Right away I disregard the idea that we have to intervene for humanitarian reasons. That's not to say I don't think it's good to try and stop people from being abused by dictators, but I just don't think it's a compelling enough justification in and of itself. There are plenty of places where people are suffering, but America doesn't feel the need to intervene in those places. Why? Why is the suffering of people in one place more important than the suffering of people in another?
Eugene Robinson in his article In the Mideast, U.S. policy is still driven by realism:
Anyone looking for principle and logic in the attack on Moammar Gaddafi's tyrannical regime will be disappointed. . . . Why is Libya so different? Basically, because the dictators of Yemen, Bahrain and Saudi Arabia -- also Jordan and the Persian Gulf sheikdoms, for that matter -- are friendly, cooperative and useful. Gaddafi is not. . . .I would never make the argument that since we do ignore some suffering we should ignore all suffering either. I'm just hesitant to try and support any claim that our country is overly humanitarian towards Arab countries or their people. Plus, dropping bombs tends to kill civilians and that doesn't seem overly caring.
Gaddafi is crazy and evil; obviously, he wasn’t going to listen to our advice about democracy. The world would be fortunate to be rid of him. But war in Libya is justifiable only if we are going to hold compliant dictators to the same standard we set for defiant ones. If not, then please spare us all the homilies about universal rights and freedoms. We'll know this isn’t about justice, it's about power.
I also have a hard time accepting that there's no end plan set for our newest military action. If Iraq and Afghanistan taught us anything, it should be that exit strategies don't just fall out of the sky magically on their own.
Stephen Walt's What intervention in Libya tells us about the neocon-liberal alliance:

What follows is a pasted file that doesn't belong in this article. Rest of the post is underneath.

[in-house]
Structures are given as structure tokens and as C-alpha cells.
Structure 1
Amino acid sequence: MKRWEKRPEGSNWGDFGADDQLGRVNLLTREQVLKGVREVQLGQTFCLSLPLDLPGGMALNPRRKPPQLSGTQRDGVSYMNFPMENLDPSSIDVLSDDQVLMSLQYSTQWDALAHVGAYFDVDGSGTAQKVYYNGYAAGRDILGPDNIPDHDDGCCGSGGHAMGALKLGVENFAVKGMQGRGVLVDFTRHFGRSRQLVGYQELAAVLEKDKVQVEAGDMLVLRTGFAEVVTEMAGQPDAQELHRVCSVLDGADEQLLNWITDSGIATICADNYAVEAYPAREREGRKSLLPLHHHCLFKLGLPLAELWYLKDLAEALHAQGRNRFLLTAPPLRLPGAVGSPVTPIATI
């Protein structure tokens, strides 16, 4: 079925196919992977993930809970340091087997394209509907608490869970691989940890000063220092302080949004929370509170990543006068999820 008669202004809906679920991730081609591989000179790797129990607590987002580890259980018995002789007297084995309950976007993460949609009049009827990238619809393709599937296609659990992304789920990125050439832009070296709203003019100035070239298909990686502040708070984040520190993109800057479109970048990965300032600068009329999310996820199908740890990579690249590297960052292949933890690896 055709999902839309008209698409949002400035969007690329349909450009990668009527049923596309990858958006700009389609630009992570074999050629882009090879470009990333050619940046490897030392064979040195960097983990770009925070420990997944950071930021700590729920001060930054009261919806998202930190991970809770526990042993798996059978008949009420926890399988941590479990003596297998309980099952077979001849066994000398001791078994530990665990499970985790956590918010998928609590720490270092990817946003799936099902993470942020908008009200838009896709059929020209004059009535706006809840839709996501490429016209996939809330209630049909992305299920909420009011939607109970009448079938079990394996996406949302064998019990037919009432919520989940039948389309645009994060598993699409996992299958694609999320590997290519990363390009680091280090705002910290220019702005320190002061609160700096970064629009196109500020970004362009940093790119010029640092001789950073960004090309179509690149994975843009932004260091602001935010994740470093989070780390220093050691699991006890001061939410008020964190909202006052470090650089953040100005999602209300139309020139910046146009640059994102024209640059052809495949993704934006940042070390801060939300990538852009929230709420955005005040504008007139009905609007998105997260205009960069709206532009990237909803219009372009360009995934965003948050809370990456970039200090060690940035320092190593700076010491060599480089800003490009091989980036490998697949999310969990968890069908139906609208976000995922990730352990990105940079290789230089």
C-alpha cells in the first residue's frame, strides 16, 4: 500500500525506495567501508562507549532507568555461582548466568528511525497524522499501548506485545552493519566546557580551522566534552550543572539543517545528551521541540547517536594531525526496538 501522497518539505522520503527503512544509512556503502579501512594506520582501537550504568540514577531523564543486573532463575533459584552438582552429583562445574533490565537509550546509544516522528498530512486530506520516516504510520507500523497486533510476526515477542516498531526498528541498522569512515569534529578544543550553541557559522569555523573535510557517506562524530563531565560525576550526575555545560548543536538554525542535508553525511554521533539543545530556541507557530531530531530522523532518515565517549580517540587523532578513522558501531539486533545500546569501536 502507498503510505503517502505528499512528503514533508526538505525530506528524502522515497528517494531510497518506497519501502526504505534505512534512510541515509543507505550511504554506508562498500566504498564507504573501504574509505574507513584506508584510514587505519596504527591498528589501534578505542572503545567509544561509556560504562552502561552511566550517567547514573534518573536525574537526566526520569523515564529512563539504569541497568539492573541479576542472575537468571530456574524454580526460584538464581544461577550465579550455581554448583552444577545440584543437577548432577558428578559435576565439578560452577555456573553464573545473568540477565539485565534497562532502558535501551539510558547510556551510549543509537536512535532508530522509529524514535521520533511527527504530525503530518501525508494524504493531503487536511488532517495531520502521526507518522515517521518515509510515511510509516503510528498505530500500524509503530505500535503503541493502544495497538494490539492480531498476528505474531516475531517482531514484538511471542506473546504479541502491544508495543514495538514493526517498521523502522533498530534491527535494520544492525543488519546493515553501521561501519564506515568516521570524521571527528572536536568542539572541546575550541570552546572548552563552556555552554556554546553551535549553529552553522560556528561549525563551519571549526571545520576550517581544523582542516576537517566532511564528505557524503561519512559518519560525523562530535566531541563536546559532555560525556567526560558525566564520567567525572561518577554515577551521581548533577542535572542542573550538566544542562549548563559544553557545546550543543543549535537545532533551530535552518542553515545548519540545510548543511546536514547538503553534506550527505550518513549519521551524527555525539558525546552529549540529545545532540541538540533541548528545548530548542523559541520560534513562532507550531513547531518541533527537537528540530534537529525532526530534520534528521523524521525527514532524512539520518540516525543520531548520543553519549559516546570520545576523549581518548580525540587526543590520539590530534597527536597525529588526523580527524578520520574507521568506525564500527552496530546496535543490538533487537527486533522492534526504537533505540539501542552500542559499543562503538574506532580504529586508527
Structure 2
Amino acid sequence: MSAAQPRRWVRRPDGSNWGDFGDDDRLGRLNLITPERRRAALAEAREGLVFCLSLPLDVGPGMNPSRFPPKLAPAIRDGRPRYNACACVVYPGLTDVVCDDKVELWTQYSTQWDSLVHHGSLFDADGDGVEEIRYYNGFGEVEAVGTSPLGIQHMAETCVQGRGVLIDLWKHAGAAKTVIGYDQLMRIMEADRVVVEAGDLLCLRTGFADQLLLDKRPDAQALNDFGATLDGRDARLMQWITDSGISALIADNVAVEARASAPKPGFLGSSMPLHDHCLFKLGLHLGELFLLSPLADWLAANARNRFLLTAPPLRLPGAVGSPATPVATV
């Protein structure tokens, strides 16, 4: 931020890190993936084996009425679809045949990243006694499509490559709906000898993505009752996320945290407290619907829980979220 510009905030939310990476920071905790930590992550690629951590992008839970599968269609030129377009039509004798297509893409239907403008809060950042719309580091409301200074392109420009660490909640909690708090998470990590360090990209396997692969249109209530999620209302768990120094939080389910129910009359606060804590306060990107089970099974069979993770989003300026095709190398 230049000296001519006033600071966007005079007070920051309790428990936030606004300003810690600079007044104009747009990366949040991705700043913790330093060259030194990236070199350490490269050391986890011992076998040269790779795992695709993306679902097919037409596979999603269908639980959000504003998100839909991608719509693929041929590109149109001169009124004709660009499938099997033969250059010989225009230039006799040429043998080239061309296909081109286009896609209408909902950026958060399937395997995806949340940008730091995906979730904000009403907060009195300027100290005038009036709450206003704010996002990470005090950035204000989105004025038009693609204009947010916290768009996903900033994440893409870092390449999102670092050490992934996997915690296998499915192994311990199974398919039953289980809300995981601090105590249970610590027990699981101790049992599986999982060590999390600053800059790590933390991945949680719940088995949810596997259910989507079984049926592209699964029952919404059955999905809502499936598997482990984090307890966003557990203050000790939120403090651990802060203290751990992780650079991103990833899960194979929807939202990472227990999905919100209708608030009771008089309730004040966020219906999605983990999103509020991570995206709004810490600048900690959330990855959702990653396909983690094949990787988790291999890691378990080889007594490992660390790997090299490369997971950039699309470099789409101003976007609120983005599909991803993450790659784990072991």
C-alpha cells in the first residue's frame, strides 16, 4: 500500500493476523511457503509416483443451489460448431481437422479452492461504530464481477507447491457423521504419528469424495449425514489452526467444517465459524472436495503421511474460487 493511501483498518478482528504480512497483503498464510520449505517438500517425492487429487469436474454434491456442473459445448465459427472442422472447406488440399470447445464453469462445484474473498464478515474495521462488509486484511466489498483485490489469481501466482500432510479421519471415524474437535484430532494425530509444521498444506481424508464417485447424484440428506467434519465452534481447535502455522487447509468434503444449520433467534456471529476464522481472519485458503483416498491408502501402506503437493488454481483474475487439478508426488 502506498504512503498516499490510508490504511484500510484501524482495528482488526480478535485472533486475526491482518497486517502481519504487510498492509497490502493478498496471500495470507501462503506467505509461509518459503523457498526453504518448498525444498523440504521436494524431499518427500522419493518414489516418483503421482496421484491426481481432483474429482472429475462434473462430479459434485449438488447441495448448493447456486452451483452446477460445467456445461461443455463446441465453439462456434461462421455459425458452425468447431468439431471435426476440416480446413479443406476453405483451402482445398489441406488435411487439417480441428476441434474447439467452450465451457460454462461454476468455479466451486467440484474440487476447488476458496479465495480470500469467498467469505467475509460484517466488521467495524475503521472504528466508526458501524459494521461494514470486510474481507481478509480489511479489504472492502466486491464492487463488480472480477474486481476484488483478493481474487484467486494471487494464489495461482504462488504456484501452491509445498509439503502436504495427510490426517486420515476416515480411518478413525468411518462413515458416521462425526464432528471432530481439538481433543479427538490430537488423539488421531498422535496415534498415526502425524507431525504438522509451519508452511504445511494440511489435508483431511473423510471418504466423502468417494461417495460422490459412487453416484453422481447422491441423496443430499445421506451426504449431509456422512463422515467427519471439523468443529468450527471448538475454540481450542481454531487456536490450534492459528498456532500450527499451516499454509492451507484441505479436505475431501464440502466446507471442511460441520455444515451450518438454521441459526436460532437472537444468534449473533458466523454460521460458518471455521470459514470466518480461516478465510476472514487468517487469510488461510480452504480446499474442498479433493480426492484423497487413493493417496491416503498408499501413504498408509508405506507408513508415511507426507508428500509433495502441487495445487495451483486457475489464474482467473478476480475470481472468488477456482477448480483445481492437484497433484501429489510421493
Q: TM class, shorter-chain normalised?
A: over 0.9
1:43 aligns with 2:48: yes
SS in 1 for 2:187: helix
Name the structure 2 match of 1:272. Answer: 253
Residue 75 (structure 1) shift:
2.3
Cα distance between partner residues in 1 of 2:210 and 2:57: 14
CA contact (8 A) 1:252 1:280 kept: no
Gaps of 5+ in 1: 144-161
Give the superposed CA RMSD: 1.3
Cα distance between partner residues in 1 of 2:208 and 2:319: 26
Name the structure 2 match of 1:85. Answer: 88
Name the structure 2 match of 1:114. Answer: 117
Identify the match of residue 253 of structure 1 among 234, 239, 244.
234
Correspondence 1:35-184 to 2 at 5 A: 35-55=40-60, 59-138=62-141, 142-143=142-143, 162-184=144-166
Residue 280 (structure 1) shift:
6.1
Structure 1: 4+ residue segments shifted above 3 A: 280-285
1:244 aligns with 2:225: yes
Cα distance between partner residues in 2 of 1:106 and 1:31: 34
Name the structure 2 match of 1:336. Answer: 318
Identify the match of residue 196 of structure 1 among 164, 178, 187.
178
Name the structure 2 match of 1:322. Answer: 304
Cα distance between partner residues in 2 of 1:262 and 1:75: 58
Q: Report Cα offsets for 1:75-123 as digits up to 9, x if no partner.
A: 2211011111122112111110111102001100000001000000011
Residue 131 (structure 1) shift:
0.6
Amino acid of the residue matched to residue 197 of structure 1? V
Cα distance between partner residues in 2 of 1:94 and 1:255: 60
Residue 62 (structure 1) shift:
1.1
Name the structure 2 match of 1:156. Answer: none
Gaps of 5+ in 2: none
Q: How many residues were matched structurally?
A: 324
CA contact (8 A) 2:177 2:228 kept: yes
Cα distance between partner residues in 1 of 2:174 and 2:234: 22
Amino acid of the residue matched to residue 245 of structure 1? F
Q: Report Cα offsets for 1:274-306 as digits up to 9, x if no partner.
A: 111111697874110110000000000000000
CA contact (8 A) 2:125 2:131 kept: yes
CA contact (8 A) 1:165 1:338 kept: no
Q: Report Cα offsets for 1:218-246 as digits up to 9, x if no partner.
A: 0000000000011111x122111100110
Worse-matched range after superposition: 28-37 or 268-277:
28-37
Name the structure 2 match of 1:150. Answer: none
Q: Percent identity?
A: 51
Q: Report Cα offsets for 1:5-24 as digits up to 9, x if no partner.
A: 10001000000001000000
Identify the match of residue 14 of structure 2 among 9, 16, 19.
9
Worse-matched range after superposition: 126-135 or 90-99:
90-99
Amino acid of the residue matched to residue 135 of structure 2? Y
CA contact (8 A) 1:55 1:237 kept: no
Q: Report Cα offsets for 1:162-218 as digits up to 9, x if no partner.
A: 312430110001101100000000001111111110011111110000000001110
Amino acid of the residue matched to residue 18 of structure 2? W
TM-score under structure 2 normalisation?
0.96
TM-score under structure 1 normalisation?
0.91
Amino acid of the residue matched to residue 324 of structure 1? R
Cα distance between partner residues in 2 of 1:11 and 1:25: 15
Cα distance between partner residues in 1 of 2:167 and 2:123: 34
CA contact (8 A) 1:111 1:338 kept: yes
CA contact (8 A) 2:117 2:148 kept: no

The only important intellectual difference between neoconservatives and liberal interventionists is that the former have disdain for international institutions (which they see as constraints on U.S. power), and the latter see them as a useful way to legitimate American dominance. Both groups extol the virtues of democracy, both groups believe that U.S. power -- and especially its military power -- can be a highly effective tool of statecraft. Both groups are deeply alarmed at the prospect that WMD might be in the hands of anybody but the United States and its closest allies, and both groups think it is America's right and responsibility to fix lots of problems all over the world. Both groups consistently over-estimate how easy it will be to do this, however, which is why each has a propensity to get us involved in conflicts where our vital interests are not engaged and that end up costing a lot more than they initially expect.I guess at the end of the day I just feel like military action, or "illegitimate Western interferences," is wrong. While I would never want people to suffer, it appears a lot of the Libyan rebels aren't even aware of what they're fighting for. And as Walt's post explains, Libya would be in a really unstable position if Qaddafi was taken out of power. So the question of greater military presence is really important.
I just don't know. Glenn Greenwald has a great post on the issue.